Dáil Éireann - Volume 5 - 15 November, 1923
GOVERNOR-GENERAL'S ADDRESS. - OLD AGE PENSIONS REDUCTIONS.
Mr. ALFRED BYRNE Mr. ALFRED BYRNE
Mr. ALFRED BYRNE: I beg to move amendment No. 3:—
“To delete all after the word `address,' and to substitute therefor the words `but, while approving of the decision of Minister to “avoid waste, and extract the utmost value from all public expenditure (Par. 23); cannot agree to the proposal which would cause severe hardship on many poor old age pensioners in the Free State.' ”
I promise to be brief in moving this amendment. One point that has not been touched upon, in connection with old age, pensions, is a matter which is bound to come into effect in the City of Dublin, and that is, the reduction in the old age pensions in the city, which may mean something small to the Minister for Finance, but which the Minister for Local Government must be aware will have a very serious effect upon the majority of the old age pensioners who are living in the slums of Dublin. They will be forced to apply, if this cut is made, for Poor Law relief, and, if they do not get Poor Law relief, they will be compelled to go into the workhouse. While you may save a little, therefore, in the one department, the Department of Finance, you are bound to get considerable cost and loss in the Departments of Local Government in consequence of this cut of a shilling in the old age pensions. I am aware that there are many cases in the City of Dublin of old age pensioners who have no other source of income, and if a shilling is taken off the ten shillings it will mean that they will not be able to exist. It will be the last straw, and they will have to be taken into the workhouse, and the cost in the workhouse is estimated at 18s. 6d. per head. The Minister for Local Government would do well to consider that point, in my opinion. I endorse the suggestion made by three or four Deputies who have spoken in previous debates, that a committee should be appointed to consider these cases of reduction on their merits, and wherever it is found that the recipients of old age pensions are not working and not  in receipt of other means they would deal with them accordingly. The cases such as I have alluded to in the tenement areas of the city might well be left alone, and the people so situated saved from the workhouse.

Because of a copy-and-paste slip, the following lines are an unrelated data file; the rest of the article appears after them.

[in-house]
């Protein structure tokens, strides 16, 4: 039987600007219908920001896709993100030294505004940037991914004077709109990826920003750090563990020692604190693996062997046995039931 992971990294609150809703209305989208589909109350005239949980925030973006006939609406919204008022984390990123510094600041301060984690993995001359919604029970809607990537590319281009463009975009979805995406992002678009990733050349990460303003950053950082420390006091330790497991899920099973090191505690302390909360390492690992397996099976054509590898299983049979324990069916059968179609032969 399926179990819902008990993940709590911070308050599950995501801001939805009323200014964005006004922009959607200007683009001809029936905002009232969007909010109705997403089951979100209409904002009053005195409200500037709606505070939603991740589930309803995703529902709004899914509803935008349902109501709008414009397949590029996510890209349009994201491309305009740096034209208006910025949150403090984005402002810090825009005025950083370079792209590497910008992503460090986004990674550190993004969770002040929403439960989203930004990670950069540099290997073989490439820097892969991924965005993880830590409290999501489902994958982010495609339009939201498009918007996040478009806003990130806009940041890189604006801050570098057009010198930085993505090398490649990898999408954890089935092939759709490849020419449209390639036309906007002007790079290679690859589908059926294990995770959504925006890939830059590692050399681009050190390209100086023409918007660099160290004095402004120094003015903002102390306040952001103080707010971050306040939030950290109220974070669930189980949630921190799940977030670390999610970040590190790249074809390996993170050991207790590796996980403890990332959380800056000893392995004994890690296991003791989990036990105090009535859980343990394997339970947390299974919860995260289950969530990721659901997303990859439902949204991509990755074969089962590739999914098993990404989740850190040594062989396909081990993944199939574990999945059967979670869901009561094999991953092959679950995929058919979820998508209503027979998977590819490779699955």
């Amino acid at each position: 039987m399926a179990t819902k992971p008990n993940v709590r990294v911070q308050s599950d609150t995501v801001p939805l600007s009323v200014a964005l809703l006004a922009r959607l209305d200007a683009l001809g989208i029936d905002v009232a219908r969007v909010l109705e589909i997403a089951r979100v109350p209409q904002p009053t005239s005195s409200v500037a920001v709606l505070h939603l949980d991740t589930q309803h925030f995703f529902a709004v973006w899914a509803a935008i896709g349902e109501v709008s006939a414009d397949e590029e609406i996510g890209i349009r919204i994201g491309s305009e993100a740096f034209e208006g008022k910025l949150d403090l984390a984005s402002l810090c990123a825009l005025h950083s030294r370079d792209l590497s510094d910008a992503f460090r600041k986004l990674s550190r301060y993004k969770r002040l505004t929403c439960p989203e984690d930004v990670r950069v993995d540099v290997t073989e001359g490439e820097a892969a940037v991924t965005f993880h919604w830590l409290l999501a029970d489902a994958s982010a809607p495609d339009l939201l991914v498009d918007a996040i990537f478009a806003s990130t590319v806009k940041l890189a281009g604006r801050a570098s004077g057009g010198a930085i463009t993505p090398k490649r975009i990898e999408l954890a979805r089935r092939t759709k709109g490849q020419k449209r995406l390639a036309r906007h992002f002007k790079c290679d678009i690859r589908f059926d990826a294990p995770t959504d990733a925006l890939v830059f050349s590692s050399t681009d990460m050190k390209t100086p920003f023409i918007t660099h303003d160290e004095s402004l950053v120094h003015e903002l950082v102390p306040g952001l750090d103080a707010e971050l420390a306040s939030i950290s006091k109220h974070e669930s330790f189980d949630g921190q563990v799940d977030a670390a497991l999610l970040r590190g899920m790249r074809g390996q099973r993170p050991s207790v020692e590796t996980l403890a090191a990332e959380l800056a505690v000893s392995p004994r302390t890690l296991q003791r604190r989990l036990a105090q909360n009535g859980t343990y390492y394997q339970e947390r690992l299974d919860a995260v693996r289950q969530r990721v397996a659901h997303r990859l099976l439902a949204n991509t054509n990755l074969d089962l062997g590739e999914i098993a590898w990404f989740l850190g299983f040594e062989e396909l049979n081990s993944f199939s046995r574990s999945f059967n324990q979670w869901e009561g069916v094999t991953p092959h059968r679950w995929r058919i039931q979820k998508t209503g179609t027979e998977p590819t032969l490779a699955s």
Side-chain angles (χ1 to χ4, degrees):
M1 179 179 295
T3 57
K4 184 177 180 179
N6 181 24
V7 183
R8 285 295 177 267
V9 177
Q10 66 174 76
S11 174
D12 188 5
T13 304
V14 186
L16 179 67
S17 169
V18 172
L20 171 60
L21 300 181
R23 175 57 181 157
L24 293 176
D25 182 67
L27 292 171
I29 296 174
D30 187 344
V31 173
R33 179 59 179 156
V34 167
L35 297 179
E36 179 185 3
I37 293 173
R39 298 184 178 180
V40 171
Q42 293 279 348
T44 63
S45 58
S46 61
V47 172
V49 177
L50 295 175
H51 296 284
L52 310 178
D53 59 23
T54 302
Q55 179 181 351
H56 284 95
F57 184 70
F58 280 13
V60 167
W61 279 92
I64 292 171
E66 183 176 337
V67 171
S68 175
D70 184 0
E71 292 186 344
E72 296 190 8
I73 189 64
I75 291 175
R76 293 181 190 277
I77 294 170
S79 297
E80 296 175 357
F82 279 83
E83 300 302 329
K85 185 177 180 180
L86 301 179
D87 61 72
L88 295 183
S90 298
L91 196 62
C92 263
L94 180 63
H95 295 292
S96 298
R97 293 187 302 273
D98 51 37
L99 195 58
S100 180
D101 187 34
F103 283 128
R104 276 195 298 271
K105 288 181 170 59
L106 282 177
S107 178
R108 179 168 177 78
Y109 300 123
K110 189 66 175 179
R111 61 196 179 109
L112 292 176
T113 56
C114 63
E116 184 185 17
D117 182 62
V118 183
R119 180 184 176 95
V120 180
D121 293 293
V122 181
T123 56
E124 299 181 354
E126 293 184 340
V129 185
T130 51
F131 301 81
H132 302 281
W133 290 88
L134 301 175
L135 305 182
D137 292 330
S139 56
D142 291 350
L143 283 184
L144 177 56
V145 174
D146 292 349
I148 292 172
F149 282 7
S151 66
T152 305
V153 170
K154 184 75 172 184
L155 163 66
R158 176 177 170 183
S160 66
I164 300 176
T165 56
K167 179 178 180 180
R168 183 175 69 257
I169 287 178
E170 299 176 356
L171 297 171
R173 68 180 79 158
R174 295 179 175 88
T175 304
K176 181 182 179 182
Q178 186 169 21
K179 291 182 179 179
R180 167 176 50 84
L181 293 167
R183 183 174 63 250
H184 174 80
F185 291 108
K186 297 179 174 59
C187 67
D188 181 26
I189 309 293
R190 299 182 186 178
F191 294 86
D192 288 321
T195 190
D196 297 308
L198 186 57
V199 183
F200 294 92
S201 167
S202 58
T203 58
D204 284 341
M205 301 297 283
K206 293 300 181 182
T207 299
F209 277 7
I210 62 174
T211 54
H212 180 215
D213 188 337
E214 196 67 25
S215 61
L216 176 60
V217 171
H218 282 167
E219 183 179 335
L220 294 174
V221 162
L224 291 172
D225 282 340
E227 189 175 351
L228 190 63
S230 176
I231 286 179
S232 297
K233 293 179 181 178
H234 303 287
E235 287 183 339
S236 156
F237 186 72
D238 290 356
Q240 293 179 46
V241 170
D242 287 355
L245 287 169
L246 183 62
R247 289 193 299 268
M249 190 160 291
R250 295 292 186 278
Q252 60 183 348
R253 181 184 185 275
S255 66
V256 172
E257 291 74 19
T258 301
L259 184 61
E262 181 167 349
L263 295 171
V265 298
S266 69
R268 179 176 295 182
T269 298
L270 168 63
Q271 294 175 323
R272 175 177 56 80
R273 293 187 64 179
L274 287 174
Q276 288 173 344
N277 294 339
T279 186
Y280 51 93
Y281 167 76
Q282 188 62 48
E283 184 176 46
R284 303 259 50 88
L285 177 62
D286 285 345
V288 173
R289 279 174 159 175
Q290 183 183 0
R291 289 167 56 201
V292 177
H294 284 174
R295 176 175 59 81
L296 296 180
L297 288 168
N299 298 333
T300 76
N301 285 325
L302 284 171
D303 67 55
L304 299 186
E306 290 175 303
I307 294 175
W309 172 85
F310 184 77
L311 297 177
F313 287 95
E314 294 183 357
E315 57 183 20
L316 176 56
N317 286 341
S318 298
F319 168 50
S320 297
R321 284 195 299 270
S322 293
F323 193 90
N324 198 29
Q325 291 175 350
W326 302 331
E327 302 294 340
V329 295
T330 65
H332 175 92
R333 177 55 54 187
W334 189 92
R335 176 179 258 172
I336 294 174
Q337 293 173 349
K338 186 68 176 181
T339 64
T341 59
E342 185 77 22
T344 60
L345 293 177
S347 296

I am personally aware that some years ago there was a building in the City of Dublin let in rooms at 1s. per week, and the Assistant Master of the Union, when pensions were increased to 10s., made every effort to get accommodation in these places for people entitled to pension if they came out of the workhouse. He succeeded in getting a great many of them to transfer from the workhouse to these rooms let at 1s. per week. There are many deserving cases such as I have mentioned, and in this one building I know the Assistant Master of the Dublin Union got accommodation for twenty people who were not in receipt of any more than the 10s. a week pension. I think it will be a great hardship if these people are to suffer because there are others in various parts of the country whom the Minister thinks unworthy of the pension. Suggestions have been made as to how retrenchment could be effected. The public outside are saying that there are too many thousand-a-year men knocking around. There are too many appointments being made of thousand-a-year men whose value in the commercial world would not be more than three or four hundred a year at the very outside. If the Government wish to retrench they can start with these thousand-a-year men. Let them begin with the highly-paid officials and reduce them. I would be greatly against curtailment of the salaries of the smaller under-paid employees. I am not beyond saying that even the members of the Dáil and the members of the Seanad should be prepared to forego some of their salaries in the interest of economy.
I promised I would be very brief, and I will keep that promise. I will move the amendment, and I hope it will get some larger support than the previous amendment by Deputy Johnson.
Mr. JAMES COSGRAVE Mr. JAMES COSGRAVE
Mr. JAMES COSGRAVE: I beg to second.
 The Dáil divided: Tá, 19; Níl, 61.
Amendment declared lost.
Dáil Éireann 5 GOVERNOR-GENERAL'S ADDRESS. OLD AGE PENSIONS REDUCTIONS.